Lawmakers skeptical of Fox’s remarks |

Lawmakers skeptical of Fox’s remarks

Mexican President Vicente Fox told Utah lawmakers on Wednesday that his country doesn’t condone illegal immigration.

"One cannot underestimate the importance of this moment and how complex this issue is for our two nations," Fox said, speaking in English to a special session of the Legislature. "Since the beginning of my administration, the government of Mexico has promoted the establishment of a new system that regulates the movement of people across our border in a manner which is legal, safe and orderly."

Republican state Sen. Allen Christensen, however, doesn’t believe Fox.

"I think they do encourage illegal immigration, if by nothing more than lack of any enforcement," Christensen said during a telephone interview Friday.

But the senator praised Fox for having a grasp of the need to develop Mexico economically.

"Once they develop Mexico adequately I believe that the immigration problem will be solved," said Christensen, who represents most of eastern Summit County in the Utah Senate. "[Fox] said they’re making huge strides."

Fox told state lawmakers the United States should not construct a wall to keep illegal immigrants out before the U.S. Senate passed legislation Thursday calling for more fences along the U.S.-Mexican border.

"I think that’s putting a Band-Aid on where surgery is needed," Christensen said. "Unless we take away the incentives for anybody to come, then no matter how high of a fence we build and how many people we put there, people will find a way."

Utah’s two U.S. senators split their votes on the immigration bill.

"Immigration reform has to start at the border," Utah Republican Sen. Orrin Hatch said in a press release.

Guest-worker provisions in the Senate bill that intend to provide a path for immigrants to obtain legal residency amount to "blanket amnesty," the senator said.

"I’ll be a member of the negotiating team that’s going to craft a compromise bill that can pass the Senate and House, and I’ll work to find a way to secure our borders in a way the American people can accept," said Hatch, estimating that 12 million people are living in the United States illegally.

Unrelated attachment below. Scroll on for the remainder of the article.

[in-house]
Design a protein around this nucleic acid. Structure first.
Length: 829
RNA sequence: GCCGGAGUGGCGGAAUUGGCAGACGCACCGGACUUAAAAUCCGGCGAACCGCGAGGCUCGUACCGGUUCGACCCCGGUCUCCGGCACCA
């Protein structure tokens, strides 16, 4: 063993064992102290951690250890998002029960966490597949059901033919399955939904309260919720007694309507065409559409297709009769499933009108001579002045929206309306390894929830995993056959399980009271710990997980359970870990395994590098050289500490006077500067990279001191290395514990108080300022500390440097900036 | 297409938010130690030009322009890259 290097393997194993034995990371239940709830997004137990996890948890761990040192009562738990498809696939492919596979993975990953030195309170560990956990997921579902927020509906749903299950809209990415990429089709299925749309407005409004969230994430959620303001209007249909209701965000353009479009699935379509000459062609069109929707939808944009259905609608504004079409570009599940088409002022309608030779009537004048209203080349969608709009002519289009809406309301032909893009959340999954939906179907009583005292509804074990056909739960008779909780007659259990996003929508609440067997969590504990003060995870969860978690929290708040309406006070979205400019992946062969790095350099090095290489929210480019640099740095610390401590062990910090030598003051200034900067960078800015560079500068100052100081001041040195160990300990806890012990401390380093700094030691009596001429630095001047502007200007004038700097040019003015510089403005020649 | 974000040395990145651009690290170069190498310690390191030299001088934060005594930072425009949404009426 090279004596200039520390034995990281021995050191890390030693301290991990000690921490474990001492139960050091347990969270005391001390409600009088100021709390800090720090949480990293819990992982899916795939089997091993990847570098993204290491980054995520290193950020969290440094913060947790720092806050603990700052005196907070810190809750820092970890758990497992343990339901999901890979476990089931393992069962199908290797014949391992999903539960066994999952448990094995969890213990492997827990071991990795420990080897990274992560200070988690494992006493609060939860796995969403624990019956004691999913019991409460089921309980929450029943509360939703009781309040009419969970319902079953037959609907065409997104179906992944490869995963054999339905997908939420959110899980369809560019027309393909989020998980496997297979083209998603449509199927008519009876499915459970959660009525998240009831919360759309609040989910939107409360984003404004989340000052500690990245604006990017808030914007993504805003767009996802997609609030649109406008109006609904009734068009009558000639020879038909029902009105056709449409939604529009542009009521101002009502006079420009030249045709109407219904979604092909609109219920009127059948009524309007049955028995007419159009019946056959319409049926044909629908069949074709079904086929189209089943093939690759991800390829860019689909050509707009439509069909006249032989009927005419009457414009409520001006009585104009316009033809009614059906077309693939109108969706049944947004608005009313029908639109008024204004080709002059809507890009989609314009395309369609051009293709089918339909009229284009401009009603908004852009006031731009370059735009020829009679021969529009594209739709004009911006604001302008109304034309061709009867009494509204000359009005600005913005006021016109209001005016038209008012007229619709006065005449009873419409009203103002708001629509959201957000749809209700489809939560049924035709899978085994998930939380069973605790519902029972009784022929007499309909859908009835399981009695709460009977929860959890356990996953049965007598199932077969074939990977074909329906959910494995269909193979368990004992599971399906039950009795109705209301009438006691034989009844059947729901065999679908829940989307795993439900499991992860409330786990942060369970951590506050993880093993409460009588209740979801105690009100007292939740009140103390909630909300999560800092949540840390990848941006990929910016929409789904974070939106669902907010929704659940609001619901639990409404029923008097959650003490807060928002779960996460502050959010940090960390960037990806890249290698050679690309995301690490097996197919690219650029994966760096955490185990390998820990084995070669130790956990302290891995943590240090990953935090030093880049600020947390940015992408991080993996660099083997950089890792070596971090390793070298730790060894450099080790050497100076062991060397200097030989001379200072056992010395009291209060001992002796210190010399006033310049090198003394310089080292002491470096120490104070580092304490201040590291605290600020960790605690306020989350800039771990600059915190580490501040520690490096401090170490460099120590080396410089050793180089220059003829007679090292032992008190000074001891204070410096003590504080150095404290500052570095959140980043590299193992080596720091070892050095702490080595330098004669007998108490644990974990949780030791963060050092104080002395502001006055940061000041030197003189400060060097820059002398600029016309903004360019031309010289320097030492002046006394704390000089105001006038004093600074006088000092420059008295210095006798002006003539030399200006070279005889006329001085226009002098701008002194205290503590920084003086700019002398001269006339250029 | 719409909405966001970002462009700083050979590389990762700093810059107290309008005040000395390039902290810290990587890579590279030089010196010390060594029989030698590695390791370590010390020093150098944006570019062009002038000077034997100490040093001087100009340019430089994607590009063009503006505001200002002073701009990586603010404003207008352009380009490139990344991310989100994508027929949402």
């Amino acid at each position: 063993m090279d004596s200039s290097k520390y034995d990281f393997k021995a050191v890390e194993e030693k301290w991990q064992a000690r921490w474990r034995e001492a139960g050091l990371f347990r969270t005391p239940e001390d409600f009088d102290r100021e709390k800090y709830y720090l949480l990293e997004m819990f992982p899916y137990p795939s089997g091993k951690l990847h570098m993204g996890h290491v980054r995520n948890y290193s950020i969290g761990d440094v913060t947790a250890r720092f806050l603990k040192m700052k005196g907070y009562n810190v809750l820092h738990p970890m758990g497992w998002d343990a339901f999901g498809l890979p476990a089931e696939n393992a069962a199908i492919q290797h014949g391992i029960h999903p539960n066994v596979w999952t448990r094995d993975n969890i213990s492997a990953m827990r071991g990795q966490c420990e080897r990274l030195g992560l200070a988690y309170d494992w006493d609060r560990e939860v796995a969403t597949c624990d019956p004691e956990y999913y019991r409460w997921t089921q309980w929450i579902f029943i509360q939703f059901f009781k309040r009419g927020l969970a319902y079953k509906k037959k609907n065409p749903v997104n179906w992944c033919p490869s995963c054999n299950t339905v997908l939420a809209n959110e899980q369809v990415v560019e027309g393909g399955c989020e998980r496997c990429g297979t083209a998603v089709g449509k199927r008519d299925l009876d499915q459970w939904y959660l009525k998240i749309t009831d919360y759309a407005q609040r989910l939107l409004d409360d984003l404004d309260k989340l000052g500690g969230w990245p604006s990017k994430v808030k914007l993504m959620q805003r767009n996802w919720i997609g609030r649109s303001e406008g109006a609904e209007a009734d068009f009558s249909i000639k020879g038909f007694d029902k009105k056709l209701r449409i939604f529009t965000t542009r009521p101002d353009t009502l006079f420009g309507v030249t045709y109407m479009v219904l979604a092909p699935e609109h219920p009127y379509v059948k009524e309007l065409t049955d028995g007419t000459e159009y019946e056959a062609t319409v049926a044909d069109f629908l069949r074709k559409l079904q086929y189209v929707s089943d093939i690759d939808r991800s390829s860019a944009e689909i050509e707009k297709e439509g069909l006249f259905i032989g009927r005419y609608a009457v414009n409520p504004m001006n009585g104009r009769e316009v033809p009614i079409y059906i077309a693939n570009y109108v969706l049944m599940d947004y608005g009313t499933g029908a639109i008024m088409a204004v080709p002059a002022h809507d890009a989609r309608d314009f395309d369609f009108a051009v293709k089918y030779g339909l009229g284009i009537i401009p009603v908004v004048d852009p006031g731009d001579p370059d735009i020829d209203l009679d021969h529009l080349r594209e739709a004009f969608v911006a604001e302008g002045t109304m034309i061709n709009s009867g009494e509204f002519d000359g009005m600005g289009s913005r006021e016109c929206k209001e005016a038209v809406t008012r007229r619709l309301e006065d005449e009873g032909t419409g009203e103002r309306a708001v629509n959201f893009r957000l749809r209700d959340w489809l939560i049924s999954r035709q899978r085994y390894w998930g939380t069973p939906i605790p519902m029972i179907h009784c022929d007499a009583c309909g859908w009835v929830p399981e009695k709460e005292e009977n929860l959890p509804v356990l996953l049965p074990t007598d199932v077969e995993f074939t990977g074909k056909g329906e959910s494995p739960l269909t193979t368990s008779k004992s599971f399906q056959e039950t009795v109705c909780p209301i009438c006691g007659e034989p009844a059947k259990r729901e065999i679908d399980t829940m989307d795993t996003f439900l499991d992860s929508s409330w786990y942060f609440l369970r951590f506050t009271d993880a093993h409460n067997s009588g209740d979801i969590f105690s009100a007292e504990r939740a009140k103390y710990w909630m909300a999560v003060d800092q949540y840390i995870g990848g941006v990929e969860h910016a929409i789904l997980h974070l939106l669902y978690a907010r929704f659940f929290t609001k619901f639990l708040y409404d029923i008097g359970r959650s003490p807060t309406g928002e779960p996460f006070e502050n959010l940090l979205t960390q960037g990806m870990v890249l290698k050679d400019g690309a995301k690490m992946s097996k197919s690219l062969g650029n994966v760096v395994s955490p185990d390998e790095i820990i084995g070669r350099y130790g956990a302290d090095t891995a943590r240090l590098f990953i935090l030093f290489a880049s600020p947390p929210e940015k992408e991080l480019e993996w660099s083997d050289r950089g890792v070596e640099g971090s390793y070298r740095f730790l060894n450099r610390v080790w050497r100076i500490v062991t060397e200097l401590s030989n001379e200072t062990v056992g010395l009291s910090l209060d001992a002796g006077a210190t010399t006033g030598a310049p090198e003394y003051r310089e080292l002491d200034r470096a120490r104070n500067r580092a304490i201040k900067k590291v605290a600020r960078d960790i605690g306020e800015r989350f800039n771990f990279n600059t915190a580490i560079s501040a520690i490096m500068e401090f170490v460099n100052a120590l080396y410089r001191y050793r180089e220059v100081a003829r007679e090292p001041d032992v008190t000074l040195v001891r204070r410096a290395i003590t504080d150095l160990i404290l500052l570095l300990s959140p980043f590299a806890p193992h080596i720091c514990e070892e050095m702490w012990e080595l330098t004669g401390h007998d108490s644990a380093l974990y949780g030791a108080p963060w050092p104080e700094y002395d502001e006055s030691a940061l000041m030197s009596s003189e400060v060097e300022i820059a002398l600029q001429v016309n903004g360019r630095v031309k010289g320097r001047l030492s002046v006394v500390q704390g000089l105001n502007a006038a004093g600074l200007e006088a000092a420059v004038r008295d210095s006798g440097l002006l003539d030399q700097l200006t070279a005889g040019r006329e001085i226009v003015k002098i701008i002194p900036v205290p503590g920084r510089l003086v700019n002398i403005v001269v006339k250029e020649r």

Sen. Bob Bennett, R-Utah, voted for the bill.

State Republican Rep. David Ure insists the American economy depends on immigrant labor.

"We have to protect our borders within America, but having said that, I believe if the United States government would get in place a work-visa program and make it efficient you would then be taking the pressure off the borders," Ure said during a telephone interview Friday.

The Mexican government, however, must do more to deter illegal immigration, he added.

"[Fox’s] words sounded good, but I wondered if he really believed them," Ure said about the Mexican president’s speech to lawmakers. "We are receiving a lot of criticism on the talk radio shows across the United States for having him here, I personally think it was a wise decision."

Meanwhile, political backbiting at this week’s special session prevented lawmakers from reducing state income tax, Christensen said.

"The egos got in the way," he said, adding, "the tax cut will wait for another day."

A majority of state senators now want to repeal the reduction of the sales tax on food that passed during this year’s general session because of reluctance in the state House of Representatives to cut income tax, Christensen said, adding, "there were just a lot of hard feelings between the House and the Senate on that one."

"For some of my constituents up in Coalville that complained so much, suddenly the Senate seems to have done a 180 and they’re all opposed (to the food-tax reduction)," the senator said. "I have opposed it from the first."

Ure countered that House members opposed a flat-tax proposal and "did not back off the income tax (cut) per se."

"It’s going to happen but not unless we change the flat tax," he said.

Ure conceded that House members indicated they would support the Senate’s reduction in income tax if senators reduced the sales tax on food.

"The House would have supported lowering the income tax, but the flat tax has some major problems," Ure said. "I think it’s fundamentally wrong."

The rate of sales tax collected on unprepared food by the state will drop from 4.75 to 2.75 percent on Jan. 1, 2007.

However, repealing the entire tax on food and slashing income tax by $70 million is not possible, Ure claimed.

The Associated Press contributed to this report.

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